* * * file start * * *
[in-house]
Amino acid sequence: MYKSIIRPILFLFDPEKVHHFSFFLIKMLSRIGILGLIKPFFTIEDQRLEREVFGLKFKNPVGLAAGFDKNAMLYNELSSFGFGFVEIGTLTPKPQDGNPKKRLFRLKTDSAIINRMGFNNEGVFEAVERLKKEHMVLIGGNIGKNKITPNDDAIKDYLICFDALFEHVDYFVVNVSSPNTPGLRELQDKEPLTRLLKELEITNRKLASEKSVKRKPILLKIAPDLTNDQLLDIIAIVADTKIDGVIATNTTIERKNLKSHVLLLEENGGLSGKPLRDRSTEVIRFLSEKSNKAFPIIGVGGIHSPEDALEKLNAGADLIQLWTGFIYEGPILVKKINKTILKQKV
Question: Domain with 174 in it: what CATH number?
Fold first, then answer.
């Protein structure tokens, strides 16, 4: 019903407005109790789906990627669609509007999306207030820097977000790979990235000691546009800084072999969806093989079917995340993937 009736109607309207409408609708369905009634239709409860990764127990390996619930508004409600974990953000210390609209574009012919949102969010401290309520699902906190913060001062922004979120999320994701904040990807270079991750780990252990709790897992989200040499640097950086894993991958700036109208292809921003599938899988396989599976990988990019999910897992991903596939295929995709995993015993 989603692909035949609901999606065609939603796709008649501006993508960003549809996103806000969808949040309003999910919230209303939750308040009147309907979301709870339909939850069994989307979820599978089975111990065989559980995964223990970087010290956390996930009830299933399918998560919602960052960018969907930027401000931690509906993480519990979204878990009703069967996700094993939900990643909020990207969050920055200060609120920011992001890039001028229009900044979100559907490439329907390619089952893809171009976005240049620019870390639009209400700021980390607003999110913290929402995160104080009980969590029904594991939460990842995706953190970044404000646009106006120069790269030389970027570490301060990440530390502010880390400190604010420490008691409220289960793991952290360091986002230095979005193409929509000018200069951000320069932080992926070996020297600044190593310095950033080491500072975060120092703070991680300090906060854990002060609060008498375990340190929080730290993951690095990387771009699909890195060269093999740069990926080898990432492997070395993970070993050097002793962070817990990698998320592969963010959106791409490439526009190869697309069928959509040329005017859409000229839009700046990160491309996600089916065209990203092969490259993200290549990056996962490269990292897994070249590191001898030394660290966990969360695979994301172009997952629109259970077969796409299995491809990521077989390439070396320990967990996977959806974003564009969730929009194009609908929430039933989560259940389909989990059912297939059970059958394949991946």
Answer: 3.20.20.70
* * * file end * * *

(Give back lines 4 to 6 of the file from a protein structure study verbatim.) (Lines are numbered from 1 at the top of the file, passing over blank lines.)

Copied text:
Fold first, then answer.
């Protein structure tokens, strides 16, 4: 019903407005109790789906990627669609509007999306207030820097977000790979990235000691546009800084072999969806093989079917995340993937 009736109607309207409408609708369905009634239709409860990764127990390996619930508004409600974990953000210390609209574009012919949102969010401290309520699902906190913060001062922004979120999320994701904040990807270079991750780990252990709790897992989200040499640097950086894993991958700036109208292809921003599938899988396989599976990988990019999910897992991903596939295929995709995993015993 989603692909035949609901999606065609939603796709008649501006993508960003549809996103806000969808949040309003999910919230209303939750308040009147309907979301709870339909939850069994989307979820599978089975111990065989559980995964223990970087010290956390996930009830299933399918998560919602960052960018969907930027401000931690509906993480519990979204878990009703069967996700094993939900990643909020990207969050920055200060609120920011992001890039001028229009900044979100559907490439329907390619089952893809171009976005240049620019870390639009209400700021980390607003999110913290929402995160104080009980969590029904594991939460990842995706953190970044404000646009106006120069790269030389970027570490301060990440530390502010880390400190604010420490008691409220289960793991952290360091986002230095979005193409929509000018200069951000320069932080992926070996020297600044190593310095950033080491500072975060120092703070991680300090906060854990002060609060008498375990340190929080730290993951690095990387771009699909890195060269093999740069990926080898990432492997070395993970070993050097002793962070817990990698998320592969963010959106791409490439526009190869697309069928959509040329005017859409000229839009700046990160491309996600089916065209990203092969490259993200290549990056996962490269990292897994070249590191001898030394660290966990969360695979994301172009997952629109259970077969796409299995491809990521077989390439070396320990967990996977959806974003564009969730929009194009609908929430039933989560259940389909989990059912297939059970059958394949991946």
Answer: 3.20.20.70